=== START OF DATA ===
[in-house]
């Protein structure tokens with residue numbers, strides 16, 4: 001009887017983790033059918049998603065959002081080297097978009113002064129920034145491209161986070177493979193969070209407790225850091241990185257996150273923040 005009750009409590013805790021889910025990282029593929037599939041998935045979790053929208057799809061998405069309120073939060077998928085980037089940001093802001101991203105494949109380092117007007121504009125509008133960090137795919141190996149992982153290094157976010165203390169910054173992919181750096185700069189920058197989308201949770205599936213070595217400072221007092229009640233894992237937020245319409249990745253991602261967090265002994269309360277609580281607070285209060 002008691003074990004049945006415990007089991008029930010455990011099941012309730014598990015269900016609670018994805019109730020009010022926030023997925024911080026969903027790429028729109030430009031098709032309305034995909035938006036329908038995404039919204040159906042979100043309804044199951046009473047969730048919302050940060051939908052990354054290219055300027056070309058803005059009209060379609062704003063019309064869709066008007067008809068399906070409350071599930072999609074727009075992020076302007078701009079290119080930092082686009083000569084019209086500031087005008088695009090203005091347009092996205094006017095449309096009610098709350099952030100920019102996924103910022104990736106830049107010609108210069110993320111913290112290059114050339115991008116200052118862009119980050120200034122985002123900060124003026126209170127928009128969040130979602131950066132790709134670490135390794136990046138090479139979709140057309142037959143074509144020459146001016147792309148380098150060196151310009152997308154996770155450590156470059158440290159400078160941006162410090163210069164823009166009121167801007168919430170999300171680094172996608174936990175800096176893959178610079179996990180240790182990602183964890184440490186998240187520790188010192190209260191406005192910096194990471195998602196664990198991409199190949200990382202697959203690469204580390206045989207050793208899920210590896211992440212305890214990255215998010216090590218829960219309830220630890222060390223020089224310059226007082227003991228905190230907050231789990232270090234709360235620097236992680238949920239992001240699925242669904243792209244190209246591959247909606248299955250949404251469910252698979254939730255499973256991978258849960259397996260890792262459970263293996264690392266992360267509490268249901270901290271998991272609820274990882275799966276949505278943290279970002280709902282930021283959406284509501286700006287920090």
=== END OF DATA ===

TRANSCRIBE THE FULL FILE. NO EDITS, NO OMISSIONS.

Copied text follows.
[in-house]
């Protein structure tokens with residue numbers, strides 16, 4: 001009887017983790033059918049998603065959002081080297097978009113002064129920034145491209161986070177493979193969070209407790225850091241990185257996150273923040 005009750009409590013805790021889910025990282029593929037599939041998935045979790053929208057799809061998405069309120073939060077998928085980037089940001093802001101991203105494949109380092117007007121504009125509008133960090137795919141190996149992982153290094157976010165203390169910054173992919181750096185700069189920058197989308201949770205599936213070595217400072221007092229009640233894992237937020245319409249990745253991602261967090265002994269309360277609580281607070285209060 002008691003074990004049945006415990007089991008029930010455990011099941012309730014598990015269900016609670018994805019109730020009010022926030023997925024911080026969903027790429028729109030430009031098709032309305034995909035938006036329908038995404039919204040159906042979100043309804044199951046009473047969730048919302050940060051939908052990354054290219055300027056070309058803005059009209060379609062704003063019309064869709066008007067008809068399906070409350071599930072999609074727009075992020076302007078701009079290119080930092082686009083000569084019209086500031087005008088695009090203005091347009092996205094006017095449309096009610098709350099952030100920019102996924103910022104990736106830049107010609108210069110993320111913290112290059114050339115991008116200052118862009119980050120200034122985002123900060124003026126209170127928009128969040130979602131950066132790709134670490135390794136990046138090479139979709140057309142037959143074509144020459146001016147792309148380098150060196151310009152997308154996770155450590156470059158440290159400078160941006162410090163210069164823009166009121167801007168919430170999300171680094172996608174936990175800096176893959178610079179996990180240790182990602183964890184440490186998240187520790188010192190209260191406005192910096194990471195998602196664990198991409199190949200990382202697959203690469204580390206045989207050793208899920210590896211992440212305890214990255215998010216090590218829960219309830220630890222060390223020089224310059226007082227003991228905190230907050231789990232270090234709360235620097236992680238949920239992001240699925242669904243792209244190209246591959247909606248299955250949404251469910252698979254939730255499973256991978258849960259397996260890792262459970263293996264690392266992360267509490268249901270901290271998991272609820274990882275799966276949505278943290279970002280709902282930021283959406284509501286700006287920090």